The coroners’ reports that survive from the mid 19th century reveal the untimely demise of some of those whose lives were cut tragically short. The office is an ancient one, being originally created in 1194, when coroners were appointed to investigate sudden or unexplained deaths. Below are just four examples for the year 1852.
One unfortunate individual was 41-year-old Hannah Reeves of Longton. She was the wife of Richard Reeves of Furnace Road, where the couple lived with their eight children, ranging in age from eighteen down to two. On August 5th Hannah left her home with three of her daughters, promising them an enjoyable day at the annual wakes at Trentham Park. Only a few yards from their house they met a horse and cart which was on the road for the purpose of conveying passengers to the wakes. The driver stopped to allow them on board, and the cart, now laden with fourteen passengers, continued on its way. Only a short distance later both of the shafts on the cart broke and the passengers were thrown out. Hannah fell on her head and received severe injuries. She was taken back home but died from her injuries the following day.
An inquest was held at The Duke of York public house on August 7th. The coroner concluded that the cause of death was from the injuries sustained when thrown from the vehicle. The driver was blamed for the accident, not only was the cart overloaded but it was also proved that the shafts that broke were in a decayed state.
Thomas Browning was a 76-year-old widower who lived with his married daughter and son-in-law at Ravens Lane, Audley. On June 23rd he was returning home after conducting business in Tunstall. Three miles into his journey at Peacock Hay he was run over by a horse and cart. He was still alive, although only just, when he was found in a ditch by the side of the road. A horse and cart was summoned and he was carried home. However, his injuries were so severe that he died on the way.
When Thomas left Tunstall it was known that he had a silver watch and about ten shillings in silver. When friends searched his clothes it was discovered that both of these were missing. A report stated that ‘much excitement was created in the neighbourhood and there is no doubt the old man had been robbed after the last wheel had passed over his body.’ An inquest was held at the Boughey Arms in Audley the following day. Without the solid evidence of foul play, however, the jury were only able to return a verdict of accidental death.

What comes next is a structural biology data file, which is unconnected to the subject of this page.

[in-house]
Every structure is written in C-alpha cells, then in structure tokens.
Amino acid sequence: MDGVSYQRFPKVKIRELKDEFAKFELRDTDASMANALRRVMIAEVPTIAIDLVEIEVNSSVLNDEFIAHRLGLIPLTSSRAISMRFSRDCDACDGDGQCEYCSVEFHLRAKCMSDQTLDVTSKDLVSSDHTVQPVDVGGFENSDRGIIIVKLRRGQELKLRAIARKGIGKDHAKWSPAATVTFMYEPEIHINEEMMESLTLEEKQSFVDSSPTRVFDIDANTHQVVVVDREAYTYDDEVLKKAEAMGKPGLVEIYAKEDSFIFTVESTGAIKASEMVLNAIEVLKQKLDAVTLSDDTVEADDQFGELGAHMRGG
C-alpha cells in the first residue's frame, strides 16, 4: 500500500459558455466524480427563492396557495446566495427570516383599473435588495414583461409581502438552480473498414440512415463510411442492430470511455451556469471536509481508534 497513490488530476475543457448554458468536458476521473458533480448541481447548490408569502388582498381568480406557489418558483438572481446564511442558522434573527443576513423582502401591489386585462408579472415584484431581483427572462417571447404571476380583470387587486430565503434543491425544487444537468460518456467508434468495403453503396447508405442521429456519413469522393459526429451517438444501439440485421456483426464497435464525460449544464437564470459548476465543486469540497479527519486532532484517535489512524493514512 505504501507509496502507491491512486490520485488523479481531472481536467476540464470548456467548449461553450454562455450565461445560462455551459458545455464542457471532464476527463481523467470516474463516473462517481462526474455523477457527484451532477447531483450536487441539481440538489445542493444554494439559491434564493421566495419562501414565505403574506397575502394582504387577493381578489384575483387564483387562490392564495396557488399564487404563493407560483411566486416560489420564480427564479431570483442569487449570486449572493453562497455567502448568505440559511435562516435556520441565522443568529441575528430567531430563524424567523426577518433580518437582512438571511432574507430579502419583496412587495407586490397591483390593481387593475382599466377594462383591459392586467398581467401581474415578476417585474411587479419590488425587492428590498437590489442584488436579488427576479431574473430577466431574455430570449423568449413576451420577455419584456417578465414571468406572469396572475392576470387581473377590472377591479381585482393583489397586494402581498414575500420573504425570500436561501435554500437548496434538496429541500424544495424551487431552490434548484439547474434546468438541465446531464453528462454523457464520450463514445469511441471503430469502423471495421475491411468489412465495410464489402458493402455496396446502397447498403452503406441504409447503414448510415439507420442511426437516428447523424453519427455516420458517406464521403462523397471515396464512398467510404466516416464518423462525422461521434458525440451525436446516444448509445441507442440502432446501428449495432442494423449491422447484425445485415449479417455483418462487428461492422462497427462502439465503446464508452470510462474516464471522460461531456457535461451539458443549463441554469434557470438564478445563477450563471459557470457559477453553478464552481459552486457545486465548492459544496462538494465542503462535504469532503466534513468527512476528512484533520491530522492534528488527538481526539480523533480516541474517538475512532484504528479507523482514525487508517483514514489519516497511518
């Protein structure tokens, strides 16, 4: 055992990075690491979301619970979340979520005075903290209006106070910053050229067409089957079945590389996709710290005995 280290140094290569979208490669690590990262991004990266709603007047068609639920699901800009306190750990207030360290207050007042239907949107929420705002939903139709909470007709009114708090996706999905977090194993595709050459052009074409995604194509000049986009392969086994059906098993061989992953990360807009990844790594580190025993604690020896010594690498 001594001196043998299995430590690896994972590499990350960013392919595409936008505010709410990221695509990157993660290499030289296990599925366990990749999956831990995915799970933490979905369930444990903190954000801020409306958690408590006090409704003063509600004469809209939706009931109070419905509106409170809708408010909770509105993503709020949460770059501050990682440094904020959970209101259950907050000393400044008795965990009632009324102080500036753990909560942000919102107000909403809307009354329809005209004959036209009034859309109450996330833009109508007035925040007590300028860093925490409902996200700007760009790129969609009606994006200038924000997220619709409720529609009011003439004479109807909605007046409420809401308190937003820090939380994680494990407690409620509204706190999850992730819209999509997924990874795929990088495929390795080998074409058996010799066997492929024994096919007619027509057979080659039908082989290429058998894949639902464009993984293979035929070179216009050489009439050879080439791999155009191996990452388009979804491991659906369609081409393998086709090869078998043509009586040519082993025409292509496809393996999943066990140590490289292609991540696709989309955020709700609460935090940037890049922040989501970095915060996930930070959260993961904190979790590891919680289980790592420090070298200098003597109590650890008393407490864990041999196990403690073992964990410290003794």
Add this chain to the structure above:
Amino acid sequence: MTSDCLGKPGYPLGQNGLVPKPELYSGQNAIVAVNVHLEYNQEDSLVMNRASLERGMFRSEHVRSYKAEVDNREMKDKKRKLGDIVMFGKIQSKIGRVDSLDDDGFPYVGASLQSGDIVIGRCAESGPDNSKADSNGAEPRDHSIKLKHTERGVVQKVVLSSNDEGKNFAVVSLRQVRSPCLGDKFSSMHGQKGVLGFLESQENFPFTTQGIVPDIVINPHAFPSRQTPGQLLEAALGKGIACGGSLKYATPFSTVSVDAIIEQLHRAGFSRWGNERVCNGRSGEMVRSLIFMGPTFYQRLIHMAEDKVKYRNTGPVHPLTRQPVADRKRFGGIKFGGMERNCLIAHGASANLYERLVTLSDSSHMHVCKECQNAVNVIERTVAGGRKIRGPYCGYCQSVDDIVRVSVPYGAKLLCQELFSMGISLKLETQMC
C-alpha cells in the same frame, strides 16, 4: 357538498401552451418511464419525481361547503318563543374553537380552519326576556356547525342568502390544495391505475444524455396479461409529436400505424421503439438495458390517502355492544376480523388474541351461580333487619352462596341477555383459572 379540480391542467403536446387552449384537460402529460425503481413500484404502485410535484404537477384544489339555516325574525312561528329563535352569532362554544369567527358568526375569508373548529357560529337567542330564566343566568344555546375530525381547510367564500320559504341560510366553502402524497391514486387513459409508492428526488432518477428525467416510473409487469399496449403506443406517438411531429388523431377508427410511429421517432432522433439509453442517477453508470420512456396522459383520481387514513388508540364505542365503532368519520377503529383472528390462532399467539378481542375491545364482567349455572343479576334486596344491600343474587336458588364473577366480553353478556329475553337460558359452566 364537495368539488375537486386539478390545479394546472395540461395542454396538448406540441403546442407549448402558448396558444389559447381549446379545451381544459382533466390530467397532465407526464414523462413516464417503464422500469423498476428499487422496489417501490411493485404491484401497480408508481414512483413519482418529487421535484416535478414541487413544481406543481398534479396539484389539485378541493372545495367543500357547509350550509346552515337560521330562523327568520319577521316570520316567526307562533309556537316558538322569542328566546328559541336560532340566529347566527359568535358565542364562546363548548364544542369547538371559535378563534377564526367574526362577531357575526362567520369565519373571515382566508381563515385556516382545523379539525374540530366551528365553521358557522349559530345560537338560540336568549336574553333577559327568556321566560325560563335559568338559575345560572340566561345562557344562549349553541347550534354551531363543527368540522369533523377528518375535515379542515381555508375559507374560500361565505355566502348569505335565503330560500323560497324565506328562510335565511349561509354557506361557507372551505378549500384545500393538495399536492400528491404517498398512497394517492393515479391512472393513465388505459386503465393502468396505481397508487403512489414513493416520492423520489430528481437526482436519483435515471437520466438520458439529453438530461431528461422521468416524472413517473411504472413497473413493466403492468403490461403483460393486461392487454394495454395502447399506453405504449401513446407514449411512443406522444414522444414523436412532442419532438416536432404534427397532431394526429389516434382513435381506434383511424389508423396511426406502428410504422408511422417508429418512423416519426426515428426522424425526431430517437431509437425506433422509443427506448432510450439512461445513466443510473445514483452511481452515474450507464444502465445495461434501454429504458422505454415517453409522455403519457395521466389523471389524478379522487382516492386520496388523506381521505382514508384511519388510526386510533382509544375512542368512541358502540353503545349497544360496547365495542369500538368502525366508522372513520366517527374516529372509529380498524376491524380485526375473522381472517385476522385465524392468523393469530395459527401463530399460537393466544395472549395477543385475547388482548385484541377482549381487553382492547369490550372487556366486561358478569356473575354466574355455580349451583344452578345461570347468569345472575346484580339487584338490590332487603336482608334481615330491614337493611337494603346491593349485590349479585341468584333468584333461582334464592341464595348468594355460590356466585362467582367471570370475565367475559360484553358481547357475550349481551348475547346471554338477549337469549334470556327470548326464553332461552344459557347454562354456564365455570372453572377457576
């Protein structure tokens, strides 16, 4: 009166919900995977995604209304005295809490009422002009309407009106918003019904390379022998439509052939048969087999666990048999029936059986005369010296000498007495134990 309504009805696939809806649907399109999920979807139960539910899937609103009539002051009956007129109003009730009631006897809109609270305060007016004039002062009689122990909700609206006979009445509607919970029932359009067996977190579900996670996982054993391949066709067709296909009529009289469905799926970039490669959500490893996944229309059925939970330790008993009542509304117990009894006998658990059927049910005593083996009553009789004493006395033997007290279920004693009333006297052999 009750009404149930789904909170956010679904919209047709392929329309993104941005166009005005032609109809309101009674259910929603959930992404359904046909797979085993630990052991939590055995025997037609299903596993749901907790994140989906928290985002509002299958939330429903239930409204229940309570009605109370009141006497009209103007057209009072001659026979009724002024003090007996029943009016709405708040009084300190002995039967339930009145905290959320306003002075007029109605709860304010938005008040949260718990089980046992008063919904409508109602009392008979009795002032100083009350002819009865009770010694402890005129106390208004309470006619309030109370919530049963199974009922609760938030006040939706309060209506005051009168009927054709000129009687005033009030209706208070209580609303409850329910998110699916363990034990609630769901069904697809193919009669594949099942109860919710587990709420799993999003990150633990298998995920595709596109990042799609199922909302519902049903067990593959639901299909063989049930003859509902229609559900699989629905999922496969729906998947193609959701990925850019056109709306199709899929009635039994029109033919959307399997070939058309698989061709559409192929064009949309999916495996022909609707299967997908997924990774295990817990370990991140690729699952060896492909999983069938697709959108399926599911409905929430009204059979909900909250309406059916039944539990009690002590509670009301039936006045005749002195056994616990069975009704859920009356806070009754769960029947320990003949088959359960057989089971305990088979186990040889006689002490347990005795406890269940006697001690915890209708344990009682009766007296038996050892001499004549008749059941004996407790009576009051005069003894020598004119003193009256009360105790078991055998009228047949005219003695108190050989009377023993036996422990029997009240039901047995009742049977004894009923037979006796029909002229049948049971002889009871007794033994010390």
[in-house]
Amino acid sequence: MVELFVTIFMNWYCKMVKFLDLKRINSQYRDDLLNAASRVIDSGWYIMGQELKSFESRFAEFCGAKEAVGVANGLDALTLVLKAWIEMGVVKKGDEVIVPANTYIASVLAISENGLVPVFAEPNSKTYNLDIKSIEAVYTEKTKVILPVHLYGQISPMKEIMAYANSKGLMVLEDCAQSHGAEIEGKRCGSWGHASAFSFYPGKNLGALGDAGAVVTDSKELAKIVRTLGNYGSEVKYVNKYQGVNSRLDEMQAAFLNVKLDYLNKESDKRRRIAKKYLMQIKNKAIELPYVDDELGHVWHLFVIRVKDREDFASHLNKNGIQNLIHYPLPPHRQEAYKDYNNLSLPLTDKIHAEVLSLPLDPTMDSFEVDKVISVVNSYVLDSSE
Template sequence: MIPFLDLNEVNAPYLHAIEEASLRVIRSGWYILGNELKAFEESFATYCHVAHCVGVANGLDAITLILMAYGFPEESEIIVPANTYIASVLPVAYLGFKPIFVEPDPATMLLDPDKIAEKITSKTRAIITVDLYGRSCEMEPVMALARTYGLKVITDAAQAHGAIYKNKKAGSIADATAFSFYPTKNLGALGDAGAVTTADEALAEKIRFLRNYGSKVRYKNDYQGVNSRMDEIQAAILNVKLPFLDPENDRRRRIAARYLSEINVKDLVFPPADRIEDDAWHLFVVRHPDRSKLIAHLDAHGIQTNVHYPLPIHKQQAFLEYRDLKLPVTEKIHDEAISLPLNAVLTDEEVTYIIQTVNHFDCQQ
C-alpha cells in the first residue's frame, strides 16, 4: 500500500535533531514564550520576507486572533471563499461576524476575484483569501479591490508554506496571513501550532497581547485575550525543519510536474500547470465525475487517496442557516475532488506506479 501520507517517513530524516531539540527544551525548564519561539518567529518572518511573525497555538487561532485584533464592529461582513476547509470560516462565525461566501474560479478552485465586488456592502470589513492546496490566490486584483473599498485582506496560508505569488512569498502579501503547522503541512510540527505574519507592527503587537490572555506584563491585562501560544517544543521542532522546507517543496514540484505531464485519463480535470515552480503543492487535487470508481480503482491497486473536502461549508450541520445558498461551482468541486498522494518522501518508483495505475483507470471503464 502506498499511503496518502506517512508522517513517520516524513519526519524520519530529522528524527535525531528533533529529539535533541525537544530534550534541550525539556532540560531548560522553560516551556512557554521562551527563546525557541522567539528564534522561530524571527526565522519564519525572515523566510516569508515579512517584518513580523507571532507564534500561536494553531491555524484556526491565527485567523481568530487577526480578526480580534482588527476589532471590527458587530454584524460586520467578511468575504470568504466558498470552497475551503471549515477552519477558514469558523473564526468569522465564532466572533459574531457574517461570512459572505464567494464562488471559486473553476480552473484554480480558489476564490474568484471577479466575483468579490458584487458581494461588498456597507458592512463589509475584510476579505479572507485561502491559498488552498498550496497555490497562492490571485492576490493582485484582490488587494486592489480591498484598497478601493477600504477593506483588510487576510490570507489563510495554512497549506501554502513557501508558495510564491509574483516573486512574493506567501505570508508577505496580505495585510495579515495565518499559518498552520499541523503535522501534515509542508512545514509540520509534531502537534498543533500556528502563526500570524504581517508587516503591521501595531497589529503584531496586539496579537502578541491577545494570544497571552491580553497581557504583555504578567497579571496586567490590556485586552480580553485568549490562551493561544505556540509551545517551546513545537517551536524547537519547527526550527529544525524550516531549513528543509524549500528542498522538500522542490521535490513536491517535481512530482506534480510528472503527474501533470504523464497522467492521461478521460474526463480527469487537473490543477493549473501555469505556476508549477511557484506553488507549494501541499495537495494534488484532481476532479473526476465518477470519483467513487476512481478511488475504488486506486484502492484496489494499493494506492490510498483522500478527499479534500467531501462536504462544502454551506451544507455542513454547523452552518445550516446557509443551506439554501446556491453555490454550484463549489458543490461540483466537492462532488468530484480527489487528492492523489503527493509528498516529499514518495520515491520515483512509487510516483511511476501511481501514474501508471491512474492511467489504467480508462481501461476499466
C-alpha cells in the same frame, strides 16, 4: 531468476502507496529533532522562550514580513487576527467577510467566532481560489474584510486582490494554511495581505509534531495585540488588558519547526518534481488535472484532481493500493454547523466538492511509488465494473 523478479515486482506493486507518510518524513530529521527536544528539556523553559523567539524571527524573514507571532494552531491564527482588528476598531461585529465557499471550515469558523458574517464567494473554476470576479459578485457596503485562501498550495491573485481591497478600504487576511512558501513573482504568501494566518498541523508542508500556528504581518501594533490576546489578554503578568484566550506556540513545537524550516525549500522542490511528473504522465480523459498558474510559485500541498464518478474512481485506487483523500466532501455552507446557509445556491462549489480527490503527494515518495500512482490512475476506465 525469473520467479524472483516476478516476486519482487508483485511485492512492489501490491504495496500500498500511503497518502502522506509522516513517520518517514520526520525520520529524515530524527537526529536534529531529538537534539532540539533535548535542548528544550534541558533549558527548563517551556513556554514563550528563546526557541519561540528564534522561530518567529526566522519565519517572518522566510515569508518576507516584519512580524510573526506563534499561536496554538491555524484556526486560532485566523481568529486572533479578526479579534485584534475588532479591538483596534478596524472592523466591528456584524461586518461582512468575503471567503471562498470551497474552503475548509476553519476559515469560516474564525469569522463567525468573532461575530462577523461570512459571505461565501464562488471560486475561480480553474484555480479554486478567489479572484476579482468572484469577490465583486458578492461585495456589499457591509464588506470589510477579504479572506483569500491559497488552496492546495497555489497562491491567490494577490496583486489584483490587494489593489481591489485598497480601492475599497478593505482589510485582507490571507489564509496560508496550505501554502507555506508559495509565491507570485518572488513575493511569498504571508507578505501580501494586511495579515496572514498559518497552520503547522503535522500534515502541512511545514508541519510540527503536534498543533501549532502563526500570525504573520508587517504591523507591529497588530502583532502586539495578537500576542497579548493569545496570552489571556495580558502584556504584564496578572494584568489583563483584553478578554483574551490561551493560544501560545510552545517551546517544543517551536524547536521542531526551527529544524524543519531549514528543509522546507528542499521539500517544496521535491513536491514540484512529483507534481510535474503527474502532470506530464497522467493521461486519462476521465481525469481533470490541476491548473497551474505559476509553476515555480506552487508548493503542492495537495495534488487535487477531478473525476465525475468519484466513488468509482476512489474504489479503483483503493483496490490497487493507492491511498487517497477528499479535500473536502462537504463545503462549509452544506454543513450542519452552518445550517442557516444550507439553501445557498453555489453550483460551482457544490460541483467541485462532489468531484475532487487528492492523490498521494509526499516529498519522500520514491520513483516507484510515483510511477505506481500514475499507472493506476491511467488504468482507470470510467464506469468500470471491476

Elizabeth Ford was the 47-year-old wife of John Ford of Mill Farm at Wolstanton. On the night of July 2nd at around quarter to ten she had been quarrelling with her two daughters, aged 11 and 12, when she suddenly fell down and died a couple of minutes later. A surgeon from Tunstall was called but was unable to determine the cause of death. What may have been a sudden heart attack however was not mentioned, and the inquest, held at the Lamb Inn at Tunstall, concluded that death was caused by a ‘visitation of God.’
Elizabeth Mould of Springfield, Trent Vale, was only eight years old. The coroner described the case as being of ‘the grossest negligence.’ Elizabeth was the daughter of John Mould, a brick and tile manufacturer. John was a widower and while at work would leave his eldest daughter, aged 22, in charge of her younger siblings. It was well-known that she was a ‘most dissolute and bad character’, and even though only aged 22 she had already bore three illegitimate children, two of whom were in the workhouse. The inquest discovered that as soon as her father left for work she was regularly in the habit of leaving her two younger sisters, Elizabeth aged eight and Anne aged five, so that she could visit a gentleman friend who was also the reputed father of her own three children.
It was on one of these amorous liaisons that her younger sister Elizabeth, being too close to the hearth, caused her clothes to catch fire and she was burned to death. A doctor from Newcastle was summoned and arrived half an hour later but Elizabeth died shortly afterwards.